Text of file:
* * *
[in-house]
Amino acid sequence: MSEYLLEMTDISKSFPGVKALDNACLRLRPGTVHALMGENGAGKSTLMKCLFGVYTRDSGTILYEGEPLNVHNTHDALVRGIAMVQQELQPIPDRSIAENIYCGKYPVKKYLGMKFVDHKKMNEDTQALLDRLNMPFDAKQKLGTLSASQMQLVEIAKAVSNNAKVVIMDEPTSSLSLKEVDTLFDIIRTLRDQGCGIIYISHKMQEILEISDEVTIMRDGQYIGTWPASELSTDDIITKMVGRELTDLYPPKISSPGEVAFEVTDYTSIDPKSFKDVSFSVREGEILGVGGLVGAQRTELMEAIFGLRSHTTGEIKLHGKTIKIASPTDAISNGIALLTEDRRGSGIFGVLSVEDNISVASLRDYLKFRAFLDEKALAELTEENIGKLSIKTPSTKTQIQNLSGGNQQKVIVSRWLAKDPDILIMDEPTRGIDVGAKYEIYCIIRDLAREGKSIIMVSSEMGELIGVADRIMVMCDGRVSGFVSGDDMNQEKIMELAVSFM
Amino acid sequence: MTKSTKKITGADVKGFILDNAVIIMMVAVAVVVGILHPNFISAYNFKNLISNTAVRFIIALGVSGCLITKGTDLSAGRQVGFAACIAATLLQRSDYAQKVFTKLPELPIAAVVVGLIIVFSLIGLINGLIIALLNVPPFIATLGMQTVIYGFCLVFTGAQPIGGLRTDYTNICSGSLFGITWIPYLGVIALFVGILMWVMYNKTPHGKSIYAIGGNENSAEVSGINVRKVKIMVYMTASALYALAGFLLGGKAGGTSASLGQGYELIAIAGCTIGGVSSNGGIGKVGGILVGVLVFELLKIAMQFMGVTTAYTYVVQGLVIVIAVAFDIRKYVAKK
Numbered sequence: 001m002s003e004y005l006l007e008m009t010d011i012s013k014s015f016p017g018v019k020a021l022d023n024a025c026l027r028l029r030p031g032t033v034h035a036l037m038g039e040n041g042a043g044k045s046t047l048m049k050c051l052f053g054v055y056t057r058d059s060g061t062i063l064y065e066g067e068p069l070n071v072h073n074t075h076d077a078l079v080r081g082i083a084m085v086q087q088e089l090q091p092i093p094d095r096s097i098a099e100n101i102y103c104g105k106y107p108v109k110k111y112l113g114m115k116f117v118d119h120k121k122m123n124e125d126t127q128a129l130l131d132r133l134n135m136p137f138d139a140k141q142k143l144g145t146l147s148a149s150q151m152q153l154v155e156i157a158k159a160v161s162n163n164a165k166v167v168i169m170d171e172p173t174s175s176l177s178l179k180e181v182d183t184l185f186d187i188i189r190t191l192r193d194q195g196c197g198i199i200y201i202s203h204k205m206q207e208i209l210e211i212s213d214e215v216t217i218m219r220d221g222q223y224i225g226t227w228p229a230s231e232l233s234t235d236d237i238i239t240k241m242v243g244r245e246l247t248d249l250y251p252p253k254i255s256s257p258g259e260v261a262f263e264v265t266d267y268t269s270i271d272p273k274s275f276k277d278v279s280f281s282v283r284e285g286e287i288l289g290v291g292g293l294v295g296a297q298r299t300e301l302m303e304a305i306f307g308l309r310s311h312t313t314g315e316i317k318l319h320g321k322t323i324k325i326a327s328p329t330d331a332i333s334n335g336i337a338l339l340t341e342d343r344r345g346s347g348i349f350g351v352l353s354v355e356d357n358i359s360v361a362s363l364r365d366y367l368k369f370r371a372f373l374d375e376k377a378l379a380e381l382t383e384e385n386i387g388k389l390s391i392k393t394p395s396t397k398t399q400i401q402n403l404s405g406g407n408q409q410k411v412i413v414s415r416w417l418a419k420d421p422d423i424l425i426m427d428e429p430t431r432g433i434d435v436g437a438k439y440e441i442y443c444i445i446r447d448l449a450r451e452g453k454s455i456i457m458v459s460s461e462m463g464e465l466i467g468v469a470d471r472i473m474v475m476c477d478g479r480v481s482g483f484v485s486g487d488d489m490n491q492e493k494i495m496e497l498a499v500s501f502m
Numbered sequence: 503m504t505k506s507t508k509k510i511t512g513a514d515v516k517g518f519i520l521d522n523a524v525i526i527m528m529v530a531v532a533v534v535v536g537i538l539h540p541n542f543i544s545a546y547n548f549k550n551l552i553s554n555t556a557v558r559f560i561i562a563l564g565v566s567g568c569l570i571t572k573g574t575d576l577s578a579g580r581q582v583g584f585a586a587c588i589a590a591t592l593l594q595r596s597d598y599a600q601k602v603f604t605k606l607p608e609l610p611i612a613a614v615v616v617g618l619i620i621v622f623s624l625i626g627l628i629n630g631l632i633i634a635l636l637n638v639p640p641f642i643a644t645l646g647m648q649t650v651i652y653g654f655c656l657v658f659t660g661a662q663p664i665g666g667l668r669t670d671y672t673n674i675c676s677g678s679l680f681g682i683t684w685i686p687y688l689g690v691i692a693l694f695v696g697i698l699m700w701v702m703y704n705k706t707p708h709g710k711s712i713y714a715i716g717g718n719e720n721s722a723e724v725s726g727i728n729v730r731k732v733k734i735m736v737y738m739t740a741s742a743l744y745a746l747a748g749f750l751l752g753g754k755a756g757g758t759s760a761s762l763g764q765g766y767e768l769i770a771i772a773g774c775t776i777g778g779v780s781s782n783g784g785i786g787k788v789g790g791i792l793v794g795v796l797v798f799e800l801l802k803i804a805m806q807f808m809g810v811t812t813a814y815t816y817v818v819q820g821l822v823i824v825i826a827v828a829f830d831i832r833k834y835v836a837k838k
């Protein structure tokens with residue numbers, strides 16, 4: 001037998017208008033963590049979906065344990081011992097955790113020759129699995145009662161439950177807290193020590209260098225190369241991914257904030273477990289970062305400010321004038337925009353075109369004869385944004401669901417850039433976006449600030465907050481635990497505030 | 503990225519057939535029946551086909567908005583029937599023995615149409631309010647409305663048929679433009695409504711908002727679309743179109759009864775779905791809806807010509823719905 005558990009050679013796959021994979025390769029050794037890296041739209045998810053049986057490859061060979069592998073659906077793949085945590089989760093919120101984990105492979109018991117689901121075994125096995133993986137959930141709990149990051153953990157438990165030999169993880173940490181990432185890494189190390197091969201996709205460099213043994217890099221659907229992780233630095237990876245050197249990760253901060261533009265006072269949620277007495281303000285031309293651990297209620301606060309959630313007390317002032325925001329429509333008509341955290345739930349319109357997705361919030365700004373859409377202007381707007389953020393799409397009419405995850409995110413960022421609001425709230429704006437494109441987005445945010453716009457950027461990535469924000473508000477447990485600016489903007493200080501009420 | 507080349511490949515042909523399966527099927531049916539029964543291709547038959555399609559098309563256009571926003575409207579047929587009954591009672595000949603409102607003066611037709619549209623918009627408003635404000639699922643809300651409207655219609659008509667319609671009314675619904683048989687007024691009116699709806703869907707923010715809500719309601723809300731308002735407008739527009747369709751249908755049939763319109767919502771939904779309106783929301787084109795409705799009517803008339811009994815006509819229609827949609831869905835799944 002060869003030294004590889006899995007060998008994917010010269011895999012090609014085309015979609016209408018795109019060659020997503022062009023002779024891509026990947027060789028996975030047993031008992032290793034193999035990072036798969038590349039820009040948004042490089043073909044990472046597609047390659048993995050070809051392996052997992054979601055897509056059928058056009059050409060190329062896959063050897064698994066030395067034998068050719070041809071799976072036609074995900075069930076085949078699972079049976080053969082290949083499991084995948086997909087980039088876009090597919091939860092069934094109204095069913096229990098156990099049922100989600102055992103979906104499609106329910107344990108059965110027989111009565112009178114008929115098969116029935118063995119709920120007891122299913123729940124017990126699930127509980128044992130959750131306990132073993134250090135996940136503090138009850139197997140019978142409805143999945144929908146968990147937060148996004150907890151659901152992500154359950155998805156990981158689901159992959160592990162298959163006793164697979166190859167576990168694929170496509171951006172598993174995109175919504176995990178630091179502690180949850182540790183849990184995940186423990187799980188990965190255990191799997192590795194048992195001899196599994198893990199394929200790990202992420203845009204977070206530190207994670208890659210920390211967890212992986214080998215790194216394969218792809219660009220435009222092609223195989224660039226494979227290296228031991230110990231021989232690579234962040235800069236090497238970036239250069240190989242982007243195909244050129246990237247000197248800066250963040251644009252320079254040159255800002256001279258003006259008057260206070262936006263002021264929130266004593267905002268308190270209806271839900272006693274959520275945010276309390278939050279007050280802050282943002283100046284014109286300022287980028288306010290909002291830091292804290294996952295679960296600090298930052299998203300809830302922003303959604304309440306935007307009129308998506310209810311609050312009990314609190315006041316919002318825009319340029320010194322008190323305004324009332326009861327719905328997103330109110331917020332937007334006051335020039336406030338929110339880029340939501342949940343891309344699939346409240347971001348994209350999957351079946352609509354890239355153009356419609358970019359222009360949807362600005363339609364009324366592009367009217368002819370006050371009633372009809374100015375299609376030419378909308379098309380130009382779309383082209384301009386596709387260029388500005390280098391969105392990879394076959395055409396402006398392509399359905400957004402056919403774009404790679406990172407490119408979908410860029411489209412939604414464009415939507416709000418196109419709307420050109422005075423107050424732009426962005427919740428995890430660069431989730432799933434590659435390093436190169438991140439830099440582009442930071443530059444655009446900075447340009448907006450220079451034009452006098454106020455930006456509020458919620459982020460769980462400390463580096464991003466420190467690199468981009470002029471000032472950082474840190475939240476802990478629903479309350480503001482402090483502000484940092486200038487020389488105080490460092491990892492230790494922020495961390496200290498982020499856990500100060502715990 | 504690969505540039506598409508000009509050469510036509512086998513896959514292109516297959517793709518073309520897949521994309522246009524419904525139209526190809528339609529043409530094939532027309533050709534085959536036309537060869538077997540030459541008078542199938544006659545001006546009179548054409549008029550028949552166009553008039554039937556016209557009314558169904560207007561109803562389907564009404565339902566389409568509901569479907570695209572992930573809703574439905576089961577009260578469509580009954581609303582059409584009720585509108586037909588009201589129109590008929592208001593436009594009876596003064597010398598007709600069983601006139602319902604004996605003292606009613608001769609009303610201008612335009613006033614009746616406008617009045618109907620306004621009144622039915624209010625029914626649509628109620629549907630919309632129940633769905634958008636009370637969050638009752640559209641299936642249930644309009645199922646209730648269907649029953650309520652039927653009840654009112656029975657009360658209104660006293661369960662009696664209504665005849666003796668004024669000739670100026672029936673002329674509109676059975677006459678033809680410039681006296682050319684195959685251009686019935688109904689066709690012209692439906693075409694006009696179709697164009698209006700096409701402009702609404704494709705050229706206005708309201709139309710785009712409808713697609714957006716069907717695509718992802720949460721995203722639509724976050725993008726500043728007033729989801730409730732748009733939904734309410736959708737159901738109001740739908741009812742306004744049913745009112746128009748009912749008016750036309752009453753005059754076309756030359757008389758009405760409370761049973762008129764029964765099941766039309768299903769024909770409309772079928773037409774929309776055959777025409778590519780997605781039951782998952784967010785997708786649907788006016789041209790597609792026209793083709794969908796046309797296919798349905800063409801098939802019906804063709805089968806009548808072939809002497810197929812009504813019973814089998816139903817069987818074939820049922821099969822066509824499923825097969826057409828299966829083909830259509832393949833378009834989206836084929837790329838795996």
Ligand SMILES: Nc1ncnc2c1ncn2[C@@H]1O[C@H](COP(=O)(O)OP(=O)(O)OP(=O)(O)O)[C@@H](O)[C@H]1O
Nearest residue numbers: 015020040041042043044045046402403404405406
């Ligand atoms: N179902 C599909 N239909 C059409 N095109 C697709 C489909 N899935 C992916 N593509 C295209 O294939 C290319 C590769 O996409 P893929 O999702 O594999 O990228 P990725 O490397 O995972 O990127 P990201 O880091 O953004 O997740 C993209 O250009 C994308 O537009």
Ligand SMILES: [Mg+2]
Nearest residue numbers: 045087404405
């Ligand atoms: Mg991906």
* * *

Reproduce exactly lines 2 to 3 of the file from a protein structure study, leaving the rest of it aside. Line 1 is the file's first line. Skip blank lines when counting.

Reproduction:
Amino acid sequence: MSEYLLEMTDISKSFPGVKALDNACLRLRPGTVHALMGENGAGKSTLMKCLFGVYTRDSGTILYEGEPLNVHNTHDALVRGIAMVQQELQPIPDRSIAENIYCGKYPVKKYLGMKFVDHKKMNEDTQALLDRLNMPFDAKQKLGTLSASQMQLVEIAKAVSNNAKVVIMDEPTSSLSLKEVDTLFDIIRTLRDQGCGIIYISHKMQEILEISDEVTIMRDGQYIGTWPASELSTDDIITKMVGRELTDLYPPKISSPGEVAFEVTDYTSIDPKSFKDVSFSVREGEILGVGGLVGAQRTELMEAIFGLRSHTTGEIKLHGKTIKIASPTDAISNGIALLTEDRRGSGIFGVLSVEDNISVASLRDYLKFRAFLDEKALAELTEENIGKLSIKTPSTKTQIQNLSGGNQQKVIVSRWLAKDPDILIMDEPTRGIDVGAKYEIYCIIRDLAREGKSIIMVSSEMGELIGVADRIMVMCDGRVSGFVSGDDMNQEKIMELAVSFM
Amino acid sequence: MTKSTKKITGADVKGFILDNAVIIMMVAVAVVVGILHPNFISAYNFKNLISNTAVRFIIALGVSGCLITKGTDLSAGRQVGFAACIAATLLQRSDYAQKVFTKLPELPIAAVVVGLIIVFSLIGLINGLIIALLNVPPFIATLGMQTVIYGFCLVFTGAQPIGGLRTDYTNICSGSLFGITWIPYLGVIALFVGILMWVMYNKTPHGKSIYAIGGNENSAEVSGINVRKVKIMVYMTASALYALAGFLLGGKAGGTSASLGQGYELIAIAGCTIGGVSSNGGIGKVGGILVGVLVFELLKIAMQFMGVTTAYTYVVQGLVIVIAVAFDIRKYVAKK